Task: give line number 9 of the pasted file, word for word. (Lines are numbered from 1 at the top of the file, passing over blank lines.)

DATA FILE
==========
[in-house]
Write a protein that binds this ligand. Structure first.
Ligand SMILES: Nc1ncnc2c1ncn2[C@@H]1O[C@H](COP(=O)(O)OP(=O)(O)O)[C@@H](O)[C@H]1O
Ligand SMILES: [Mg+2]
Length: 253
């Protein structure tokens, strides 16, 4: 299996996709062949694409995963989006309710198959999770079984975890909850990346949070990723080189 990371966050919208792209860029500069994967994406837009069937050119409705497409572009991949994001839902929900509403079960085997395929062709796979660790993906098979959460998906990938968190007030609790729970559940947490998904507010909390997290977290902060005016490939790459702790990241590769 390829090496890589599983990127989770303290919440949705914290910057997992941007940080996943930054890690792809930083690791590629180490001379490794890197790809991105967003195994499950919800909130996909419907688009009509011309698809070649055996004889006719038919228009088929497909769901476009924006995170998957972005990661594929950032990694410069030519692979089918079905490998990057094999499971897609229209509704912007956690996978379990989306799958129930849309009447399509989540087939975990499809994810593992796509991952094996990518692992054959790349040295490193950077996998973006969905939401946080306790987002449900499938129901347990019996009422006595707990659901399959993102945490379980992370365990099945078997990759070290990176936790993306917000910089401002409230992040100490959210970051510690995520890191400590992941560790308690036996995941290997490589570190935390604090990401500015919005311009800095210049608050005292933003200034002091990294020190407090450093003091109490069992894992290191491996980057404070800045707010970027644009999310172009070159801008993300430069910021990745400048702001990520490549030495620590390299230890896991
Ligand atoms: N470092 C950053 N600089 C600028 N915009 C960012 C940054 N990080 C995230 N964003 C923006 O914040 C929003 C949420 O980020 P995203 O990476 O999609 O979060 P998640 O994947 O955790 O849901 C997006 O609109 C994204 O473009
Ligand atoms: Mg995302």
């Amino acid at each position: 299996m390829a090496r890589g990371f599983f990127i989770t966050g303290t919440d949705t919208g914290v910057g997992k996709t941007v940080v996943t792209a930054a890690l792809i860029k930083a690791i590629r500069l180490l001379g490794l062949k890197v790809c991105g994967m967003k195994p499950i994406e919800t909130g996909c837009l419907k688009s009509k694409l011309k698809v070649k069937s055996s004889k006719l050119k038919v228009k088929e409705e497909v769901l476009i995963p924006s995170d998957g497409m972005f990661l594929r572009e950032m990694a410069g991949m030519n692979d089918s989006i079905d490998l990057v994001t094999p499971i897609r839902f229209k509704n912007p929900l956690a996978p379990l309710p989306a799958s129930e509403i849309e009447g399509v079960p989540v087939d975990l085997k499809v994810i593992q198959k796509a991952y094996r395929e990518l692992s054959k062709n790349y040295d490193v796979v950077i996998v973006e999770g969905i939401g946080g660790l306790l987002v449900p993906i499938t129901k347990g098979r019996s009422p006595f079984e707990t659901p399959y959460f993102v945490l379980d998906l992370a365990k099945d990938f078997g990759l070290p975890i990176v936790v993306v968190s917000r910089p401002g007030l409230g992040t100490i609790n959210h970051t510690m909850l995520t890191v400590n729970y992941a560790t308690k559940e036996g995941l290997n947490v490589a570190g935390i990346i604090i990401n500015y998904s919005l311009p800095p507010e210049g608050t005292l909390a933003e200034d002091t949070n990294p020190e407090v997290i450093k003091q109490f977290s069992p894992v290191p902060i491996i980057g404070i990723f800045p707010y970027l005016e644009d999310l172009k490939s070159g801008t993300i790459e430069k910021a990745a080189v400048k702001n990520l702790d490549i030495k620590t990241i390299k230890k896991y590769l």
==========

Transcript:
């Amino acid at each position: 299996m390829a090496r890589g990371f599983f990127i989770t966050g303290t919440d949705t919208g914290v910057g997992k996709t941007v940080v996943t792209a930054a890690l792809i860029k930083a690791i590629r500069l180490l001379g490794l062949k890197v790809c991105g994967m967003k195994p499950i994406e919800t909130g996909c837009l419907k688009s009509k694409l011309k698809v070649k069937s055996s004889k006719l050119k038919v228009k088929e409705e497909v769901l476009i995963p924006s995170d998957g497409m972005f990661l594929r572009e950032m990694a410069g991949m030519n692979d089918s989006i079905d490998l990057v994001t094999p499971i897609r839902f229209k509704n912007p929900l956690a996978p379990l309710p989306a799958s129930e509403i849309e009447g399509v079960p989540v087939d975990l085997k499809v994810i593992q198959k796509a991952y094996r395929e990518l692992s054959k062709n790349y040295d490193v796979v950077i996998v973006e999770g969905i939401g946080g660790l306790l987002v449900p993906i499938t129901k347990g098979r019996s009422p006595f079984e707990t659901p399959y959460f993102v945490l379980d998906l992370a365990k099945d990938f078997g990759l070290p975890i990176v936790v993306v968190s917000r910089p401002g007030l409230g992040t100490i609790n959210h970051t510690m909850l995520t890191v400590n729970y992941a560790t308690k559940e036996g995941l290997n947490v490589a570190g935390i990346i604090i990401n500015y998904s919005l311009p800095p507010e210049g608050t005292l909390a933003e200034d002091t949070n990294p020190e407090v997290i450093k003091q109490f977290s069992p894992v290191p902060i491996i980057g404070i990723f800045p707010y970027l005016e644009d999310l172009k490939s070159g801008t993300i790459e430069k910021a990745a080189v400048k702001n990520l702790d490549i030495k620590t990241i390299k230890k896991y590769l």